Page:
The unions tried to negotiate with the government to make changes to Bill 160, after it was passed, to no avail. The demonstration I attended was part of the protests against the bill and shortly after, teachers walked out for 2 weeks. The relentless negative publicity about this “illegal” strike (even though the bill had not yet been implemented) was damaging for the teachers, and the lack of unity among their many unions was apparent when 3 of them went back to work, without having any of their demands met. The remaining unions had little choice but to follow.

An Ontario teacher friend reminisces about her early years, pre-“Common Sense Revolution”, “They remain my most memorable years of teaching – theme based, whole language, much use of the arts to teach information and concepts, and most importantly, time to learn who these young people were and what mattered to them. We covered what they were ready to learn and were most interested in (and passionate about!) Now, I feel if I were to revert to that style of teaching, I wouldn’t get the necessary material covered, I wouldn’t have sufficient proof to support my evaluation, and I wouldn’t be able to complete the report card with integrity.”

This period marked Canada’s GERM moment; fortunately Mike Harris was gone before it could really take hold as it did in Britain and the USA. But some of the anti-teacher, anti-union sentiment that floats around today can be blamed on the government propaganda around that strike. And it is interesting that the two people with whom I attended the demonstration have both taken early retirement, wearied after years of fighting against the standardization of education ushered in by the Harris’ era.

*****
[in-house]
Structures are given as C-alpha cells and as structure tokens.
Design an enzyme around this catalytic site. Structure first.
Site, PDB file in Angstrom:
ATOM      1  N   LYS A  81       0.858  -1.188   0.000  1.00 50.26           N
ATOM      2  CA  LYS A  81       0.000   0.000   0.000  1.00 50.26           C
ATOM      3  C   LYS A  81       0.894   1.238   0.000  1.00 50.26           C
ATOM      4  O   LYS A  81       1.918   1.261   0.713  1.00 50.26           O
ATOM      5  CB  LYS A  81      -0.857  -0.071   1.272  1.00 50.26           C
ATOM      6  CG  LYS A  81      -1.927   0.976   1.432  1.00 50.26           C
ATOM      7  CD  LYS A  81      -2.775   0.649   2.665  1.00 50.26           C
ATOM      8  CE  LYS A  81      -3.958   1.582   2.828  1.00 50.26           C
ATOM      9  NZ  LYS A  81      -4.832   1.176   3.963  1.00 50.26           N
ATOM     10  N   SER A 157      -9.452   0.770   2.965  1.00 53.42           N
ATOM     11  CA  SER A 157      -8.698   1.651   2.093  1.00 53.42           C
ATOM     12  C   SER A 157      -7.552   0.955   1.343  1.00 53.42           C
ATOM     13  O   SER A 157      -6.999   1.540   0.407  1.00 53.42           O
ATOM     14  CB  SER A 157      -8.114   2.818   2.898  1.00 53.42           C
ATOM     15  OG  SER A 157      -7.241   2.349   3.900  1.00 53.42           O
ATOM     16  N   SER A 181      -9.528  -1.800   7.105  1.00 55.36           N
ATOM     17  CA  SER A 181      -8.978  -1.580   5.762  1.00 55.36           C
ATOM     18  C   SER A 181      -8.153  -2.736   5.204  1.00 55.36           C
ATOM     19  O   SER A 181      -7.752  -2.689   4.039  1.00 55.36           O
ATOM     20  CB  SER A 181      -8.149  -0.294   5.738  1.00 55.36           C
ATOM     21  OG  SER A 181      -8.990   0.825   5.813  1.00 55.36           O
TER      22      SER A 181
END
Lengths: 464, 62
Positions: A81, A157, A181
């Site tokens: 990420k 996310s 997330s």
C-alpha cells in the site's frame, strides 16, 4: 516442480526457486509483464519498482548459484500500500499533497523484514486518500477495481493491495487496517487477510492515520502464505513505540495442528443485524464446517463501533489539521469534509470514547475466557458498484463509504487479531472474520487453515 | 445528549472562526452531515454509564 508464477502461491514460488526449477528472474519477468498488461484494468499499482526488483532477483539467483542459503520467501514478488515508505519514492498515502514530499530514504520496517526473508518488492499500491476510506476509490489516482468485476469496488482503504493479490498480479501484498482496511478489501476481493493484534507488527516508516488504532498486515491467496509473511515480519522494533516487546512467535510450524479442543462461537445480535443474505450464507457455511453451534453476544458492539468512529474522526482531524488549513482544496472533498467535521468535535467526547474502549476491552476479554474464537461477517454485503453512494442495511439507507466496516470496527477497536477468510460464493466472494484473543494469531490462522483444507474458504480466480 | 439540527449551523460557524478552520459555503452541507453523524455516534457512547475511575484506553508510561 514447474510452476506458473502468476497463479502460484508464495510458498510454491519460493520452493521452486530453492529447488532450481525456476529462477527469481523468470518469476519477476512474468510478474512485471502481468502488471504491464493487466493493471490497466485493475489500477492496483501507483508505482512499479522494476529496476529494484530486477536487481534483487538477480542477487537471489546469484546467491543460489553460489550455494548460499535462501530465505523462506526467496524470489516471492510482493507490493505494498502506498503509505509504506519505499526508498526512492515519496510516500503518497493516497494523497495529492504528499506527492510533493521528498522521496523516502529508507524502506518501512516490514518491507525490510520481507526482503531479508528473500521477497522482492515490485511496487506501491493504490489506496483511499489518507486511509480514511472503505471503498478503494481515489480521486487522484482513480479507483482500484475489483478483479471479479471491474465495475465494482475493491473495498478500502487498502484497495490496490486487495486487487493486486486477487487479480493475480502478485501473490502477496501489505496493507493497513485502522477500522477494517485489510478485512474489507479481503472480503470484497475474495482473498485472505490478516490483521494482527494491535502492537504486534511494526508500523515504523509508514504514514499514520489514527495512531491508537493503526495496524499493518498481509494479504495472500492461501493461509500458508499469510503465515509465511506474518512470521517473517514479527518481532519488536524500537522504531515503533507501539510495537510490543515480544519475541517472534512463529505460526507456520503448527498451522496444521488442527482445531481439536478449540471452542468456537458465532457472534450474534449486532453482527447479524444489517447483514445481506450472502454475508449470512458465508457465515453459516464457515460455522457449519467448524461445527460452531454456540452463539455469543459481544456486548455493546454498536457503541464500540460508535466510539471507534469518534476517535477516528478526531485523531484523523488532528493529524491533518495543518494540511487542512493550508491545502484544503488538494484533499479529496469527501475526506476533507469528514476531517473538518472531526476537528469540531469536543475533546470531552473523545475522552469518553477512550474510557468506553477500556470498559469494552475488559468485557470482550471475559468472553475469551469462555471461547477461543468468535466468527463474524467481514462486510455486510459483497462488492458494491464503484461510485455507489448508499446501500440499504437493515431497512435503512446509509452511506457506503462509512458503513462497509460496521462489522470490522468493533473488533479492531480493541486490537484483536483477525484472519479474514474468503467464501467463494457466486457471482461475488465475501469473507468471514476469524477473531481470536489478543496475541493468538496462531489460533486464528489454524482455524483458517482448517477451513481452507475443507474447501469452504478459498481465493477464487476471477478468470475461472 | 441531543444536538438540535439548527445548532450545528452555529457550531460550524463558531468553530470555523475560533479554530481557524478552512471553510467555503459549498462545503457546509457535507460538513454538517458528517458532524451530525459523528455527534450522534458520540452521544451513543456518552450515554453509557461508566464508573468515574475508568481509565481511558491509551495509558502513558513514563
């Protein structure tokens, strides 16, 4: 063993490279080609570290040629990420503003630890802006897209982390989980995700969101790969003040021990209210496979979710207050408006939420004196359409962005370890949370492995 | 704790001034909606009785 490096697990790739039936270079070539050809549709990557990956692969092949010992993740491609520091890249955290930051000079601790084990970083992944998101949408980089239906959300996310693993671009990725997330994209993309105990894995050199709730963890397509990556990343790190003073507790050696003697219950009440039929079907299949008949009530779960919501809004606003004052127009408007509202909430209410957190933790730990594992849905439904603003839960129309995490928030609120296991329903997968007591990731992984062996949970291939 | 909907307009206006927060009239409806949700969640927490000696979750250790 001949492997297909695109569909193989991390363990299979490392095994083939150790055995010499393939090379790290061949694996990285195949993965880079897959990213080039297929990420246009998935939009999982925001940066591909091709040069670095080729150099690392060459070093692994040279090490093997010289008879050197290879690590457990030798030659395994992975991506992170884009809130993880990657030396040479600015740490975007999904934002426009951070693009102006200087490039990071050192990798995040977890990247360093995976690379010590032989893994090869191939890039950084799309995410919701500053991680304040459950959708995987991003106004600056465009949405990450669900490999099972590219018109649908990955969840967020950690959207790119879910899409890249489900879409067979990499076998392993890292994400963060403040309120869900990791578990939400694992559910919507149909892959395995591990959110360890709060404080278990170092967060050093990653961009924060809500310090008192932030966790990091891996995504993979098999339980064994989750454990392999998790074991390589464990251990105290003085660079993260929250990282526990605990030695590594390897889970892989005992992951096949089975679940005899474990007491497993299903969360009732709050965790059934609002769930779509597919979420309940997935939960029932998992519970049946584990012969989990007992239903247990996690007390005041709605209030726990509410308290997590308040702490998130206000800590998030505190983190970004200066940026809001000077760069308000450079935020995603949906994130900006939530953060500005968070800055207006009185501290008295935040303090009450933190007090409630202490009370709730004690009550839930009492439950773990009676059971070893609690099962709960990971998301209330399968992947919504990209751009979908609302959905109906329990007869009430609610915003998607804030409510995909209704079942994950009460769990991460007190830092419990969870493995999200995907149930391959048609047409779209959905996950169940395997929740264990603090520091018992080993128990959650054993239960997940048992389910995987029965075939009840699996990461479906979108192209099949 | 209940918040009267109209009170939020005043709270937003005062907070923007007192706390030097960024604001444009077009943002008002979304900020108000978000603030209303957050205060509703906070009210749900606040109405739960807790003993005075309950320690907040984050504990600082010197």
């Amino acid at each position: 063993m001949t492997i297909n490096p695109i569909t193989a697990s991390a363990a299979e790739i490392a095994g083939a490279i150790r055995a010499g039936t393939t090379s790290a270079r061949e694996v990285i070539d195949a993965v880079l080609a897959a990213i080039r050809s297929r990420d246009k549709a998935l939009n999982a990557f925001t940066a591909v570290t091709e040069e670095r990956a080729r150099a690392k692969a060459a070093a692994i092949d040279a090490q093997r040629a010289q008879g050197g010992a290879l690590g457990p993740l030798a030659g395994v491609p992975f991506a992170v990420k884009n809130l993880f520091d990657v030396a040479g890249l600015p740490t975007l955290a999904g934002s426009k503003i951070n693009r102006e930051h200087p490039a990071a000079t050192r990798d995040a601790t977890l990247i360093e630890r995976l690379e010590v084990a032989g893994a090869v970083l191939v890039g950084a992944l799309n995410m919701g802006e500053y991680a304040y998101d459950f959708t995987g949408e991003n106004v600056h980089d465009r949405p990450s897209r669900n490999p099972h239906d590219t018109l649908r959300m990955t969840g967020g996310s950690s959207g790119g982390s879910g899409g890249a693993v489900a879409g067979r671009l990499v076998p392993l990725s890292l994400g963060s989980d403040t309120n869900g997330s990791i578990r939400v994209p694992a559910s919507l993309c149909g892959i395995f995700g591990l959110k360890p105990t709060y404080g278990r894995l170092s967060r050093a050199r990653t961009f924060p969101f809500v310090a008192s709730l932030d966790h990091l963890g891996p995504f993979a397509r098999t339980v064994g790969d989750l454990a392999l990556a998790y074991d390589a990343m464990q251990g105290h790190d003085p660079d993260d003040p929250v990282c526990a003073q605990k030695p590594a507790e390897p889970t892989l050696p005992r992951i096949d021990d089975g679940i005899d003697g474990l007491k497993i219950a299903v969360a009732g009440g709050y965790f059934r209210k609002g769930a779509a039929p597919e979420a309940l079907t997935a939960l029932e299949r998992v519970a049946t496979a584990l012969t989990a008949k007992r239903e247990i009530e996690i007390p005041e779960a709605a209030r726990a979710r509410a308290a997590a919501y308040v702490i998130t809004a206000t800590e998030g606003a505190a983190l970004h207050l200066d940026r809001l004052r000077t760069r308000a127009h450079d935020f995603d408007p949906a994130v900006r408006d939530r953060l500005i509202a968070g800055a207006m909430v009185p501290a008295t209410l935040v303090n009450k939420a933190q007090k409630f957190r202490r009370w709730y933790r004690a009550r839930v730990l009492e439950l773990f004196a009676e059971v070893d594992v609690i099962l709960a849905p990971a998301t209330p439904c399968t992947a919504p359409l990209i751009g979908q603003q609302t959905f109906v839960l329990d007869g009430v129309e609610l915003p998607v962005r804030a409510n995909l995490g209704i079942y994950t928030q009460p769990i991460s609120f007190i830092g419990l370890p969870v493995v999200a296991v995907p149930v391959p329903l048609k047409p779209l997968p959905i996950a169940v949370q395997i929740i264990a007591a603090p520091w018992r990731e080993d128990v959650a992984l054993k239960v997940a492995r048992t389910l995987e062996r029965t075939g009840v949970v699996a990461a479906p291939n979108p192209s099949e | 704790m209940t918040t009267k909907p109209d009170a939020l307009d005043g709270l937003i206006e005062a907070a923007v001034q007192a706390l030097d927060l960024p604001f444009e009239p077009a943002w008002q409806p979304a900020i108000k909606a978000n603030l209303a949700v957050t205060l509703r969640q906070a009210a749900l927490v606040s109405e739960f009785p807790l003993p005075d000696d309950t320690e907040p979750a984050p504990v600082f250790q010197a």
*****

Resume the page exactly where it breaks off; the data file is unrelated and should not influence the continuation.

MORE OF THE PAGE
Afterword

A couple of thoughts: thankfully, Nova Scotia has only one teachers union, so they have one strong, united voice.

I have 2 granddaughters attending public schools in Toronto. Although I haven’t been focussing much on what is happening there recently, I know that the first few years of the eldest child’s schooling were constantly interrupted by work-to-rule strikes. I know that she did not write the Gr. 3 EQAO tests 2 years ago because the teachers were protesting them, and that was fine by me. Volunteering in their classrooms, and talking to their teachers over the years has given me the impression that teachers are none too happy. And of course, it annoys me that when you look up their school (in a nice diverse neighbourhood) the first thing it tells you is their rankings on the EQAO tests!

So I don’t have any doubts that the government is trying to make us into a little Ontario, perhaps in the hopes that we’ll shoot to the top of the Canadian rankings. A very sad ambition, and it will have negative effects for students.

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Countdown to Bill 72: A day-by-day look at the Glaze recommendations